Severe contrast enhancements: on 45% rule — and cats

Started Jun 28, 2013 | Discussions thread
ilza
Forum MemberPosts: 74
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Re: Changing contrast without distorting colors: 45% rule and another cat
In reply to Tom Axford, Jul 11, 2013

Tom Axford wrote:

Forgive me, but I am very slow and am having considerable difficulty in fully understanding your argument.

I think that the crux of the problem is understanding what you mean by your "N% rule". In your image labelled 100%, I can see that it has 100% of the original saturation. But your image labelled 0%, has more saturation to my eyes, not less, and it certainly isn't 0% saturation as that would imply a b&w image. I am obviously misunderstanding what you mean by the N% rule. Can you explain in more detail, please?

As I said in the OP:

  • two strategies (variant 2 and variant 3) are marked as 100%-rule, and 0%-rule;
  • both strategies work with the original image, and the second image, which has the tonal curve applied separately to R,G,B channels;
  • both strategies keep the hue from the original image;
  • both take the brightness from the curve-applied image.

Now the variants differ in:

  • Variant 2: take the saturation from the original image (100% rule);
  • Variant 3: take the saturation from the curve-applied image (0% rule).

As you can see, the percentage reflects how much of the original saturation is preserved. And N%-rule just naively interpolates between two variants: it mixes N% of saturation of the original image with (100-N)% of saturation of the curve-applied image.

Is it more clear now?

However, I am not at all knowledgeable about this level of detail in theories of colour vision, and I rather doubt that there are many people on this forum who are experts in colour vision.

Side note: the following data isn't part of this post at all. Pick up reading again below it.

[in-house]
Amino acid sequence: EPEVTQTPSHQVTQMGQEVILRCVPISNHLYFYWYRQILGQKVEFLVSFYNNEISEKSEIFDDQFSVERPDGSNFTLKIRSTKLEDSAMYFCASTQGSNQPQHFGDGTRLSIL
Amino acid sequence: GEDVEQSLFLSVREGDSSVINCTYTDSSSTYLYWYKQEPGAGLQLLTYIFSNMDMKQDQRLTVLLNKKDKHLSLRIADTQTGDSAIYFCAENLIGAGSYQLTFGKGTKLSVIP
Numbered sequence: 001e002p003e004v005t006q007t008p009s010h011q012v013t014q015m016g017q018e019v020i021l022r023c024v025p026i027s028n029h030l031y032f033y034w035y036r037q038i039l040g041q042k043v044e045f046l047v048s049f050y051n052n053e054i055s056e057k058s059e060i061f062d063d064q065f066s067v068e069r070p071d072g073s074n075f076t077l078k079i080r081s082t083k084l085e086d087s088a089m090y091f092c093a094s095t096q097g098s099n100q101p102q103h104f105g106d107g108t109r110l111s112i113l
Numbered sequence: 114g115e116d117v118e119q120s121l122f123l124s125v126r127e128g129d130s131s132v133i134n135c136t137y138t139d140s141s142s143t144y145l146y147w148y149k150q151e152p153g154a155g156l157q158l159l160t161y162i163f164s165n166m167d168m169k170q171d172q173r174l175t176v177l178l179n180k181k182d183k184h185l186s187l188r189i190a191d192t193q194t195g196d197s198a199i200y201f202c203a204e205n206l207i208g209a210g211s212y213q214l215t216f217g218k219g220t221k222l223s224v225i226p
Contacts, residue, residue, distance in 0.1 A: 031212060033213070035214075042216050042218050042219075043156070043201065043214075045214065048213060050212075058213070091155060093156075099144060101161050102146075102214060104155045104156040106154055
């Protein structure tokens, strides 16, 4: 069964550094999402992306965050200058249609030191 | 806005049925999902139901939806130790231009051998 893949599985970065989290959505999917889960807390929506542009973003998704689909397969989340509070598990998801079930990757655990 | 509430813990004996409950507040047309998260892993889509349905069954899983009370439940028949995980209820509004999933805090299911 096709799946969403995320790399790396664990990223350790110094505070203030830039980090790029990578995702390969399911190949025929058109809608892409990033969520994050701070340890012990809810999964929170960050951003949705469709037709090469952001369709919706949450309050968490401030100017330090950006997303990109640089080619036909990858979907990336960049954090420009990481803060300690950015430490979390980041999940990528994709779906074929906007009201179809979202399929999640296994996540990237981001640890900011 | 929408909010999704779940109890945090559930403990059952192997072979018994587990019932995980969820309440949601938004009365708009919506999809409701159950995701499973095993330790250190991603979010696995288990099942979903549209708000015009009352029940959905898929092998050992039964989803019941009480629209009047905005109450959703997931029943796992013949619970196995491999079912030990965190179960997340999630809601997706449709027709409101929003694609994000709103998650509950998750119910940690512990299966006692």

What I suspect is that the experts in color vision know close to nothing about color shift effects from the tone-mapping. (My judgement is based on one reference only — one I gave in the OP. It is one of the most influential papers on tone mapping, but what they propose to do with colors looks like a complete gobbledock to me.) I think that on this stage of research on this topic, what people who actually work with colors (and not just study them) say may have more weight than the opinions of academics.

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Now: on differences between 40%, 45%, 50%. All of the images above are hideous; the middle ones are obviously less hideous than the 0% and 100% ones, but the general ugliness does not help in deciding which of 40%, 45%, 50% is better.  So maybe providing such an extreme case (γ=5) as an example was not my best judgement.

However, I tried this approach with “mild” curves (and more artistic images) many times.  45% was always inside the range of visually-the-best percentages.  This is why I say that for me it always work.  On the other hand, I have very limited experience with tonal curves; so I cannot realistically insist that my findings should better be followed by other people.

However, if “professional” retouchers voice their opinion here, this may eventually lead to more widely accepted (and probably better than what I propose) ways to treat saturation.  Then somebody might implement smarter tonal curves in their programs and/or academics may have bright unexpected insights on how all that may be looked-at/improved/reworked.

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